The Surgeon General Has Determined ..
The Surgeon General Has Determined Pornography Is Harmful to .... Nothing Yet!
There are more than 400 million pages of pornography on the Internet. Commercial pornography websites, magazines, books, DVDs, and cable television generate more than $97 billion annually worldwide, which constitutes an increase of 70% during the years 2003 to 2007. Just how big of an industry is pornography? Pornography revenues are larger than all of the combined revenues of all professional football, baseball, and basketball franchises combined.
Despite the extraordinary growth of sexual material on the Internet, very little is written about about the effects of pornography on the health and well-being of consumers of pornography --- especially children and teens. Pornography does not come with a warning from the Surgeon General. Pornography does not come with a set of instructions that guide us in how to safely use pornographic material. The explosion of pornography on the Internet, which has been combined with new technologies such as live WebCams, simply outstrips our understanding of pornography's influence on our behavior. Most of us still have images of Playboy, Penthouse, or Hustler -- or Adult bookstores and pornographic DVDs -- when we think about our relationship to pornography.
The most pressing concern is the unprecedented access children and teens have to pornographic material on the Internet. There has been a great deal of attention brought to the risks of being on the Internet with respect to sexual predators. The overwhelming conclusion of current research on predatory behavior on the Internet is that it represents a relatively small risk compared to other risks related to sexual content on the Internet. The opportunities for children and teens to be exposed to an almost endless variety of sexual images, images that may iclude bizarre fetishes and violence, has created in extraordinary threat to the development of healthy emotional and sexual relationships.
Early exposure to pornography, exposure that can be repeated over and over, by virtue of the World Wide Web, can quickly turn into compulsive behavior. Rather than look through a Playboy magazine, children and teens now can click through hundreds, even thousands, of images per day that includes streaming video and live WebCam with prostitutes. The intensity and frequency of exposure to explicit sexual images can produce states of fear and euphoria. It has been well-established pornographic images result in an increase in the neurotransmitter dopamine, which is associated with states of intense pleasure. By simply clicking on image after image, children and teens can experience high levels of dopamine as well as other powerful hormones and neurotransmitters such as testosterone and serotonin.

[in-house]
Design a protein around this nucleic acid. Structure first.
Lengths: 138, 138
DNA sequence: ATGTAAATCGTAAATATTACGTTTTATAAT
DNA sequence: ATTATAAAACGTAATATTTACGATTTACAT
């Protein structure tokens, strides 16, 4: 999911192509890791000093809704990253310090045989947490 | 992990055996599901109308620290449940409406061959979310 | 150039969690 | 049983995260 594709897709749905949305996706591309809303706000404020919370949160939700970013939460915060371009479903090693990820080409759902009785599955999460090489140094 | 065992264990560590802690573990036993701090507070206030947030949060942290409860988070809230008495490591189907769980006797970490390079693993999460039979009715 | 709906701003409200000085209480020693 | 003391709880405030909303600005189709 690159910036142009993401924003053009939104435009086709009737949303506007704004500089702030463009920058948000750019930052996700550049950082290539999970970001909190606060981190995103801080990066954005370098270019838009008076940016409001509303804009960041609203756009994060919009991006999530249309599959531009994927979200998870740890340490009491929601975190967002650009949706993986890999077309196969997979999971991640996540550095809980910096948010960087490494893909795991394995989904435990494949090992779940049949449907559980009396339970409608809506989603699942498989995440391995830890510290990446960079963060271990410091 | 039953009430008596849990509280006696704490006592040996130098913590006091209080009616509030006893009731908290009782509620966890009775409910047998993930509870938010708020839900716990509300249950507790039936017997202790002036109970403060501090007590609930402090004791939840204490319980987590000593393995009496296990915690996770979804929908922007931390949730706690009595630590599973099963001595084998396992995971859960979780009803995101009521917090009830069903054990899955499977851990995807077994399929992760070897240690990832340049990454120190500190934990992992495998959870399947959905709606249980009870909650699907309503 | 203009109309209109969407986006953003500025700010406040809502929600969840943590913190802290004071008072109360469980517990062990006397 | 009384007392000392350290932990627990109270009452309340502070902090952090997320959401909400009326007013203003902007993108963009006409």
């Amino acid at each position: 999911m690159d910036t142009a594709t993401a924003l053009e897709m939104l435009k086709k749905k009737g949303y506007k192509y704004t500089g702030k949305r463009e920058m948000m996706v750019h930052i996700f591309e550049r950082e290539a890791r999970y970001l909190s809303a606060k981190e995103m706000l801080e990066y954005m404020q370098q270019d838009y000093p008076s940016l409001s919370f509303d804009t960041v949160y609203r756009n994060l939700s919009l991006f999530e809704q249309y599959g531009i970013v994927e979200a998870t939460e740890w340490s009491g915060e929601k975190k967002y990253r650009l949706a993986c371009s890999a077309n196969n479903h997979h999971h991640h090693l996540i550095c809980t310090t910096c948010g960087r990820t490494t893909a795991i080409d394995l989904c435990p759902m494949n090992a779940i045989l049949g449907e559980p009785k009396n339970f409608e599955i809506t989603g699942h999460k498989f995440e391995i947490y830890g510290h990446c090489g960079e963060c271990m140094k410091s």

Once images have been viewed, and paired with intense sexual stimulation, children and teens and carry those images and experiences with them wherever they go. The images become part of their psyche. The behaviors displayed in pornography also become part of their sexual development and sexual education. The explicit messages from pornography are clearly damaging to healthy psycho-sexual development. Pornography openly communicates that women are sexual objects, that indiscriminate sex is provocative and interesting, that sex disassociated from love and tenderness is a source of power, that women should serve men's sexual desires without asking for anything in return, and that women should look like porn stars. Young men can quickly become acculturated into the porn industry and adopt a set of sexual preferences and sexual values that can forever impair their capacity to have meaningful erotic, sexual, and emotional relationships.
Pornography's power comes from the way it provides immediate sexual gratification. With this type of gratification comes the ability to escape from the stress of daily life. Children and teens can use the intense sexual stimulation and the resulting experiences of euphoria to deal with the daily stressors of growing up. Pornography can become a powerful, mind altering, drug that is free, highly accessible, and largely impossible to control.
It is, indeed, unfortunate therefore, that the Surgeon General or the National Institutes of Mental Health or other organizations and think tanks have not provided parents and educators with clear guidelines about how pornography affects children and teens.
A discussion of these guidelines will be the topic of my next blog.